“I think Italian sun is different,” I say dreamily. “They fob us off in England. They keep the good sun in a cupboard because they think we’ll get spoiled if we have it too much. Then they let it out but only for twenty-four hours. And never when we expect it.”

Dutch laughs. “No wonder the British are obsessed by the weather.”

While we’re talking, he’s idly constructing a tower from the big, smooth pebbles that lie scattered around. As I watch, he places a large, fairly ambitious pebble on top and the whole thing falls down—whereupon he laughs and begins again. When he pauses, I add my own pebble to the stack, and he glances up with a grin.

“How many do you think we can stack? I say eight.”

“I say ten,” I counter at once, reaching for another pebble.

For a while we’re silent, concentrating on the task. But at last we have a teetering pile of ten stones. Dutch reaches his hand out to high-five me, but impulsively I shake my head.

“One more! Let’s make it eleven.”

“Eleven!” Dutch raises his eyebrows teasingly. “I like your style. Go on, then.”

As I reach for another pebble, I suddenly feel ridiculously nervous. I know it’s only a game, but we made this pebble stack together, and I really don’t want to knock the whole thing down when I could have settled at ten. In fact, I’m not sure why I even wanted to add another pebble. I guess it’s that voice inside me, constantly asking, What else could I be doing?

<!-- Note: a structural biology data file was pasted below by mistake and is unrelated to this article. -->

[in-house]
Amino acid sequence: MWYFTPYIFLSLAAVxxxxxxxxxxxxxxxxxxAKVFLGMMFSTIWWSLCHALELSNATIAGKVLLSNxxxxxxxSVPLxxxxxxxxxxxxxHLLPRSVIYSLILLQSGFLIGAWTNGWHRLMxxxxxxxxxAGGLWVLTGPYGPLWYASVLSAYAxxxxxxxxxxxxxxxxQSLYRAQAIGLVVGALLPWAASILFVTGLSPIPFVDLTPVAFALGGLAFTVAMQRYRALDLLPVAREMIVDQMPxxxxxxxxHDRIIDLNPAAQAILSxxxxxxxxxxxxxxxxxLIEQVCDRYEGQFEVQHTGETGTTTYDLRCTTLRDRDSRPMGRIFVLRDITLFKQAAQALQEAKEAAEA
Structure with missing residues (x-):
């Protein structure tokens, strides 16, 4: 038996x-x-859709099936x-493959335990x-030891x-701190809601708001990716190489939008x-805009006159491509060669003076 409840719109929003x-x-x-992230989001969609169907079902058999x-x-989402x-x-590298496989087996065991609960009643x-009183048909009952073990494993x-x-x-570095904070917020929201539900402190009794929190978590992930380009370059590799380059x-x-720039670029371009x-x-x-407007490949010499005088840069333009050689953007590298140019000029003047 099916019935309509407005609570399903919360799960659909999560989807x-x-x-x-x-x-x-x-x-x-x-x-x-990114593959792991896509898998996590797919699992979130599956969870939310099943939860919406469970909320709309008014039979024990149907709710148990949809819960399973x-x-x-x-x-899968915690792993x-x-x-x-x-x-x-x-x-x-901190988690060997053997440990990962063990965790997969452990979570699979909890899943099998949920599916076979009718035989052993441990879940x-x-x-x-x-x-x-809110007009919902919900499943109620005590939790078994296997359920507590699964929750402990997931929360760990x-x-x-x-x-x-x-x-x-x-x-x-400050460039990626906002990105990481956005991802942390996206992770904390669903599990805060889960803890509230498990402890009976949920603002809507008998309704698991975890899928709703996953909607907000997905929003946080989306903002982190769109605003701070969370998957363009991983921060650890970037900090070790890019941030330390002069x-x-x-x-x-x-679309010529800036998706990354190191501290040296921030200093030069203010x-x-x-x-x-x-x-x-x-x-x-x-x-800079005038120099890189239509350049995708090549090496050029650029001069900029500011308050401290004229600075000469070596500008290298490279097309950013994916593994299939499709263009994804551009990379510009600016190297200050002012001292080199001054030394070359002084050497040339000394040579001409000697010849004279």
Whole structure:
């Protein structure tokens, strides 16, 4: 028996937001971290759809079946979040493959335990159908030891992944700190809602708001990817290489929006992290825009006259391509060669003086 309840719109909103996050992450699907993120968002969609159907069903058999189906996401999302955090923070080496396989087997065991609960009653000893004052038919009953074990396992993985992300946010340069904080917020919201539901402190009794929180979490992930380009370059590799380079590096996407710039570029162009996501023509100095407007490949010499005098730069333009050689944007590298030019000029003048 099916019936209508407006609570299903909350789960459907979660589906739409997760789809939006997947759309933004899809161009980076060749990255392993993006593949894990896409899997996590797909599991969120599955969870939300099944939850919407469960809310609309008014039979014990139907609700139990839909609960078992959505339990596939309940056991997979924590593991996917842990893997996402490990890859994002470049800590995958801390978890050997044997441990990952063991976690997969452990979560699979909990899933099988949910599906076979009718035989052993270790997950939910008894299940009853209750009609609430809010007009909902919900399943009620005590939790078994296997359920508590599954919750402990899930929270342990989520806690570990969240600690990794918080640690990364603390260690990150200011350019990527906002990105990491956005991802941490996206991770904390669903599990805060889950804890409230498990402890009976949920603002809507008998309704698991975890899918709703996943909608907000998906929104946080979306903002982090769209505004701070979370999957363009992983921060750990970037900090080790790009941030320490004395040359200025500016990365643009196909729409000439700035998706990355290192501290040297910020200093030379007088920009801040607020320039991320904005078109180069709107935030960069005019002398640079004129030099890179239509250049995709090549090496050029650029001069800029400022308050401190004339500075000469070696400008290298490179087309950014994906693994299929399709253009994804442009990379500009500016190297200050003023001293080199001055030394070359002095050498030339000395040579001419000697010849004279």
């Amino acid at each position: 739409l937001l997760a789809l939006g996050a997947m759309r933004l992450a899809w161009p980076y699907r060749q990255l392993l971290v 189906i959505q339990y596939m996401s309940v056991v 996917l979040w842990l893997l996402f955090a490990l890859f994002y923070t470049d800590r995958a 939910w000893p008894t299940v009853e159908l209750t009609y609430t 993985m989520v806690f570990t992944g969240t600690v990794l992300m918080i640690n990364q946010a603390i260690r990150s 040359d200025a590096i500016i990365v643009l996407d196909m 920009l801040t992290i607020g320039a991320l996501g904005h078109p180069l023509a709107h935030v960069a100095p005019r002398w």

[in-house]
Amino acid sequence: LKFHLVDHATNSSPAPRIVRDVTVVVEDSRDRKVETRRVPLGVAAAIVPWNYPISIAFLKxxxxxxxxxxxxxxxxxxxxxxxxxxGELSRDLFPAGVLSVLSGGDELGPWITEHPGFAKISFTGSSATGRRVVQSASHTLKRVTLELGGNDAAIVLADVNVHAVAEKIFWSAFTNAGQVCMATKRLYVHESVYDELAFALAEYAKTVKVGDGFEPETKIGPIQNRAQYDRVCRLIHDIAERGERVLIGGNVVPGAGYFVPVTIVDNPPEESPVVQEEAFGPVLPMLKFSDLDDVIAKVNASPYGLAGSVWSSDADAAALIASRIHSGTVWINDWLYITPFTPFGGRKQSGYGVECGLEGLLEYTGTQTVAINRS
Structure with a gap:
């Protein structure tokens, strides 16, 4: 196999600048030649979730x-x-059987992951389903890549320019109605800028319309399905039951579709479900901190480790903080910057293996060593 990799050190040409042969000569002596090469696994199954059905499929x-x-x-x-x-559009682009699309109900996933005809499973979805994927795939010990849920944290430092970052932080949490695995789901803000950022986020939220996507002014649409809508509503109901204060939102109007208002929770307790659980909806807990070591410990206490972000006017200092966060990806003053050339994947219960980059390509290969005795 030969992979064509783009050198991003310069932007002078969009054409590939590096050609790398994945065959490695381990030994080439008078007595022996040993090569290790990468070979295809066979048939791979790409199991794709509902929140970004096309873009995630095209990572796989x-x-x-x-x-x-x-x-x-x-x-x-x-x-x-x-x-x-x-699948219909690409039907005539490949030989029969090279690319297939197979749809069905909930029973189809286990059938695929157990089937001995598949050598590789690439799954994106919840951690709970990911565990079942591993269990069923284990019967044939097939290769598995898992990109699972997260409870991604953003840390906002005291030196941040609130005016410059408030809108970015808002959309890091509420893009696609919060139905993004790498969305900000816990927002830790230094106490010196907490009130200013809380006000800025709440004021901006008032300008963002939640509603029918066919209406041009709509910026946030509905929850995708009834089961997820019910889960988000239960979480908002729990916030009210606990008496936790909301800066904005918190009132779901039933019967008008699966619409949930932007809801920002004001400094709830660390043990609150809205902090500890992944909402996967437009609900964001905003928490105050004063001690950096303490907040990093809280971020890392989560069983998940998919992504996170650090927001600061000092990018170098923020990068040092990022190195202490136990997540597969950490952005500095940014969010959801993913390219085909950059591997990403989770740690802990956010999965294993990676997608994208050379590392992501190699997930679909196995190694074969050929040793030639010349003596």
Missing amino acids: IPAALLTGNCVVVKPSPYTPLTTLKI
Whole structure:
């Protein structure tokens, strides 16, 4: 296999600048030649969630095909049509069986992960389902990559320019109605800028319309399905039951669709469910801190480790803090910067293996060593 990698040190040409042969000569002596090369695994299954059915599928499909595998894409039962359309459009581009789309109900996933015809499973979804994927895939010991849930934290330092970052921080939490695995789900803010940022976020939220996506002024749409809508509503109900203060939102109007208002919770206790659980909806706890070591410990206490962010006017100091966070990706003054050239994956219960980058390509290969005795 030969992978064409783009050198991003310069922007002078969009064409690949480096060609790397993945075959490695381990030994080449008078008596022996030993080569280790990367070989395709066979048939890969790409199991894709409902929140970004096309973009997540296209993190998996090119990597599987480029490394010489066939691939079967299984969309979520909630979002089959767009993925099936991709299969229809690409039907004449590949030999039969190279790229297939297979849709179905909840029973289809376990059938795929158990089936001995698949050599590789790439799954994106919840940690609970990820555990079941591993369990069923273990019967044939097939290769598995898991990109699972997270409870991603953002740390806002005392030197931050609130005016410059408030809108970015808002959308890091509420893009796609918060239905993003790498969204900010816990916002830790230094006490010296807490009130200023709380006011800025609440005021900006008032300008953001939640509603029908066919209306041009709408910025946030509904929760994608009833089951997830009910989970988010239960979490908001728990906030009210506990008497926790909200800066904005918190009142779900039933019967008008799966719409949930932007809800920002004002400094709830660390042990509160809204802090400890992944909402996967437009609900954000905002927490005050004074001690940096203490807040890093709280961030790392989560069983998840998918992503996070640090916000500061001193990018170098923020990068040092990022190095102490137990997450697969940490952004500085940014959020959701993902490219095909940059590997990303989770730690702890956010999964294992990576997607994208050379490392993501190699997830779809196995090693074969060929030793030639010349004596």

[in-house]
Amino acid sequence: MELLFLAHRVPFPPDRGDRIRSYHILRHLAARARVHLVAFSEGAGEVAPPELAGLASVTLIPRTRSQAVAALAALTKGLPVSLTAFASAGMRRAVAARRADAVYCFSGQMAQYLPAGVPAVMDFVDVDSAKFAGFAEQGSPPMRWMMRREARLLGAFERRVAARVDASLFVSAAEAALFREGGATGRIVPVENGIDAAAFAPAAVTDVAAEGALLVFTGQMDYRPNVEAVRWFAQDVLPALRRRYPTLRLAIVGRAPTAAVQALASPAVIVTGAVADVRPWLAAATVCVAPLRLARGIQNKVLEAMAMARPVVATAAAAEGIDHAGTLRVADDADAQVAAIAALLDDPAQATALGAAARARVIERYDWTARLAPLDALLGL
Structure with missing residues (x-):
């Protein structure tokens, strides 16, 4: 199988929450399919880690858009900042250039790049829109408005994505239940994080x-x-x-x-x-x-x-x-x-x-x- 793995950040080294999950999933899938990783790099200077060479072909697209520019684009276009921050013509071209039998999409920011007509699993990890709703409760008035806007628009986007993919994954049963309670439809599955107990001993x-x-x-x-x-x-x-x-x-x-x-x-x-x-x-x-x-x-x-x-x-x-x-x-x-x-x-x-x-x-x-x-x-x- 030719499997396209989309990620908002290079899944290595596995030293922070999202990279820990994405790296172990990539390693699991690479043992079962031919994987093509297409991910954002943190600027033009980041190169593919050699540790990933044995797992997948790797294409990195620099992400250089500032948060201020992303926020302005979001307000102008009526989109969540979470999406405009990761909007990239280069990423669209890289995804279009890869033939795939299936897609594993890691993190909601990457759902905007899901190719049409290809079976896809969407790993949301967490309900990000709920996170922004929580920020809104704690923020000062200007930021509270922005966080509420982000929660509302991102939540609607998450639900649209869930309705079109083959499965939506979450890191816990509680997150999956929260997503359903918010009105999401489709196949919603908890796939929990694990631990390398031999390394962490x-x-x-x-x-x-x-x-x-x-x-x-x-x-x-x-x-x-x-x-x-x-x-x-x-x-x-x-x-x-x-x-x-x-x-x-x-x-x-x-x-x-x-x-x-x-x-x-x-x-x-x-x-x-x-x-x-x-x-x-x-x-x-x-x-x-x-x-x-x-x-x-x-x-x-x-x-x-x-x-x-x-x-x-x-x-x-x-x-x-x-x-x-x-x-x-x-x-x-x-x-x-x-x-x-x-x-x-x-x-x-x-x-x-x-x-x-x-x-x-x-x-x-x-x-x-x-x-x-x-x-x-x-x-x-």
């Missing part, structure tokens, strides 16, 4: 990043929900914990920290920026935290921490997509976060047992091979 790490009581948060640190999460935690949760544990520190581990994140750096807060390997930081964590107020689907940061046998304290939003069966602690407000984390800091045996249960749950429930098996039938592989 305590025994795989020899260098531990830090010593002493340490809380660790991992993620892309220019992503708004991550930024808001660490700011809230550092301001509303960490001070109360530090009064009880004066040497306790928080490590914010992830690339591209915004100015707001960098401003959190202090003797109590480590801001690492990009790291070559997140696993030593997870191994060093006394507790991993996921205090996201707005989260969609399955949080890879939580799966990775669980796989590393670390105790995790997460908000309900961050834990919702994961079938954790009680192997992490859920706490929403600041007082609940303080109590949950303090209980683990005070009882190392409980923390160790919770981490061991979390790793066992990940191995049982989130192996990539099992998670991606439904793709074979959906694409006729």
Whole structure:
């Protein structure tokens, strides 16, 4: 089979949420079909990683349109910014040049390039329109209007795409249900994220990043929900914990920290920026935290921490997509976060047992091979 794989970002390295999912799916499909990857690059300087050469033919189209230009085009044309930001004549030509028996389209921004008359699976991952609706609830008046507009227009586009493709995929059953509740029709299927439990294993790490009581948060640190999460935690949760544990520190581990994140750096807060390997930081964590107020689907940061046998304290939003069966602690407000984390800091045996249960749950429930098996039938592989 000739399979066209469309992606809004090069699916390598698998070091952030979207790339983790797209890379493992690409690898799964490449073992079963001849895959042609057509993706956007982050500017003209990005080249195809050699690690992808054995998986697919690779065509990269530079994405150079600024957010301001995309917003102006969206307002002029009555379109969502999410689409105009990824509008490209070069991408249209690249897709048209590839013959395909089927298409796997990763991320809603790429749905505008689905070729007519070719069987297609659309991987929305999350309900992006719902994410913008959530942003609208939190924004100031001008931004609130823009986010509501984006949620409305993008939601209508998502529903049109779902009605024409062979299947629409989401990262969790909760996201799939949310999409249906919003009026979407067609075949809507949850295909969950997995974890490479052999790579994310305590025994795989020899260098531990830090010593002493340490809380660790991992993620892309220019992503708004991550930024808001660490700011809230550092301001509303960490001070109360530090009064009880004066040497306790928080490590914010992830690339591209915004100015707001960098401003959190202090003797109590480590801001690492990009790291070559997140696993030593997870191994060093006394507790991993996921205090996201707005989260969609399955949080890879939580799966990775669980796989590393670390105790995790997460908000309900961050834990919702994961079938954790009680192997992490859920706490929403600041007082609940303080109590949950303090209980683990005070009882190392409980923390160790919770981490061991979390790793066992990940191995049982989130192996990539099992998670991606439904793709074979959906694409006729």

Tentatively, I place the new pebble on top and withdraw my hand—and it stays put!

“Result!” Dutch lifts his hand again, and this time we do high-five and I feel absurdly elated at our joint achievement.

“This takes me back to my childhood,” says Dutch lazily, lying back down on his towel. “I love architecture, design, that kind of thing. Guess it began with building sandcastles on the beach.”

“I used to love building sandcastles on the beach!” I say eagerly. “And I love design too. I collect interesting furniture. It’s, like, a hobby of mine.”

“Furniture?” Dutch lifts his head with interest. “What kind? Because I’m—”

“Wait!” I cut him off with a horrified gasp. “Sorry! I shouldn’t have said that. We’re not supposed to reveal our hobbies.”

“Too late.” He chuckles.

I’ve also just hinted that I live in England, it occurs to me. Honestly, I’m rubbish at this.

“I’m not necessarily from England, by the way,” I say quickly. “I might have been double bluffing. Maybe I don’t even have a permanent abode.”

“Aria.” Dutch shakes his head incredulously. “Do we need to stick to the rules?”

“Yes! We need to try, at least. Only one personal question each, and you still haven’t asked yours. But here’s an idea,” I add in sudden inspiration. “Let’s talk about the future. When you’re ninety, what will you be doing? Give me a snapshot.”

“OK.” Dutch nods and thinks for a moment. “I’ll be looking back over a full life. I hope I’ll be content. In the sunshine somewhere. The good sunshine,” he clarifies with a quick grin. “And I’ll be with friends, old and new.”

He sounds so sincere, I feel a little pull at my heartstrings. He could have said so many other things. He could have said, “I’ll be on my yacht with my fifth wife.” That’s what Russell would have said. In fact, now I recall, that’s what Russell did say.